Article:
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Labor Leader Chosen to Head of New York Fed Board of Directors

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Joseph Stiglitz has said that labor should have a voice in the setting of interest rate policy. Is this change at the New York Fed, teh appointment of the AFL-CIO’s Denis Hughes as the replacement to ex Goldman co-chairman Steve Friedman as chairman of the New York Fed, a step in that direction?

If it proves to be, it will only be by dint of miscalculation. This is clearly an image-burnishing move by the Fed, throwing a bone to critics, But letting labor into the tent may have unexpected consequences, simply by allowing someone who has not drunk the financial services industry Kool-Aid more influence (Hughes was on the board, but as vice chairman). This appointment is only until year-end, but if the Fed continues to be under political pressure, it isn’t hard to imagine this appointment being extended.

The Journal’s Deal Journal voices the opposite possibility, that labor is being co-opted. The branding of labor as monolithic and radical is a bit of a canard. In the 1930s, the old AFL, which was a craft union, was comparatively conservative and regarded more favorably than upstart and aggressive CIO, for instance.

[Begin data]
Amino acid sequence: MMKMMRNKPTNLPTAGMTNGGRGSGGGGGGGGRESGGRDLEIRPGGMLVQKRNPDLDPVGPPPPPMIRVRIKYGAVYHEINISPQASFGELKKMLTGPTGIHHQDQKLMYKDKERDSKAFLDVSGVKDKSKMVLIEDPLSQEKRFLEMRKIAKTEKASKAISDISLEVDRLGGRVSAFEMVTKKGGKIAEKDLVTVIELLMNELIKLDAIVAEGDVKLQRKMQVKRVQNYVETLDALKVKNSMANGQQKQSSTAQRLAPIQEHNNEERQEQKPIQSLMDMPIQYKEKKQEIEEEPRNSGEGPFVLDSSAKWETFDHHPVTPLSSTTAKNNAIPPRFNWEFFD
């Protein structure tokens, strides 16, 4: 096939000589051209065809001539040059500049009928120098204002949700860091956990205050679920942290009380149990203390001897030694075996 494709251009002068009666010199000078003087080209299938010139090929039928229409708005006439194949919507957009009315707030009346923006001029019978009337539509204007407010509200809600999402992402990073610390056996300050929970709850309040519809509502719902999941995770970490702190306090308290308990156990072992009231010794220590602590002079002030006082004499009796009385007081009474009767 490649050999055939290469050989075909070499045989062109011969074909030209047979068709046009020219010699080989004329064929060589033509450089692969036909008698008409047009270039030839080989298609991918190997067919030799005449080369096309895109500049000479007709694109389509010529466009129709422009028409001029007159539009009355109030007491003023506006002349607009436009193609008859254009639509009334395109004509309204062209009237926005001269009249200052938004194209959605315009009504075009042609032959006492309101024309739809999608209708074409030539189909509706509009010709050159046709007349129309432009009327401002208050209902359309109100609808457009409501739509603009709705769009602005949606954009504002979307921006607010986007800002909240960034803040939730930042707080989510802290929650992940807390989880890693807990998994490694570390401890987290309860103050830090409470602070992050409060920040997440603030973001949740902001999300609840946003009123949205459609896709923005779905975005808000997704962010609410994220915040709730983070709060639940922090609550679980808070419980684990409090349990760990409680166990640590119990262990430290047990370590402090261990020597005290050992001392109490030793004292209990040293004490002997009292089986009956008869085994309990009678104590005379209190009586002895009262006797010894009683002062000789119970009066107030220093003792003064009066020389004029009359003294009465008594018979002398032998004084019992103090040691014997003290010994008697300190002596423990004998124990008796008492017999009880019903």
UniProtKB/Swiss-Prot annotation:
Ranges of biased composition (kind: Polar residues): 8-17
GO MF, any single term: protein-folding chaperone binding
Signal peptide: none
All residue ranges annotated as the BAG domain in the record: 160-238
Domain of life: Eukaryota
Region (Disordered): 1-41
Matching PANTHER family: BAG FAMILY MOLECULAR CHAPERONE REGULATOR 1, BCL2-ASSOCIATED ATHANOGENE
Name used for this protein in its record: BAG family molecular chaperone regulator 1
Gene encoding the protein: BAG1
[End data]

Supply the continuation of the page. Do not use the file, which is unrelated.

From the Wall Street Journal (hat tip reader LeeAnne):

Denis Hughes, president of the New York state branch of the AFL-CIO, had been serving as acting chairman of the New York Fed board since May, when Stephen Friedman stepped down from the position.

Mr. Friedman, a former Goldman Sachs Group Inc. chairman and adviser to President George W. Bush, had faced questions about his purchases of Goldman stock while serving on the New York Fed’s board.

The Fed decision formalizes Mr. Hughes’s role as chairman through the end of 2009. The Fed board in Washington will announce in November or December who will serve as chairman in 2010. Columbia University President Lee Bollinger was named deputy chairman, a position that Mr. Hughes previously held. Mr. Bollinger has been a New York Fed director since January 2007.

The New York Fed chairmanship typically has gone to prominent Wall Street executives or academics. The ascension of a labor leader is a new twist for the New York Fed and a sign of the public pressure the Fed has been under to loosen its close ties to Wall Street.

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4 comments

  1. ComparedToWhat?

    Quick refresher on the NY Fed board courtesy of Elliot Spitzer.
    =====
    "The board consists of nine individuals: three chosen by the N.Y. Fed member banks as their own representatives, three chosen by the member banks to represent the public, and three chosen by the national Fed Board of Governors to represent the public.

    "In theory this sounds great: Six board members are "public" representatives.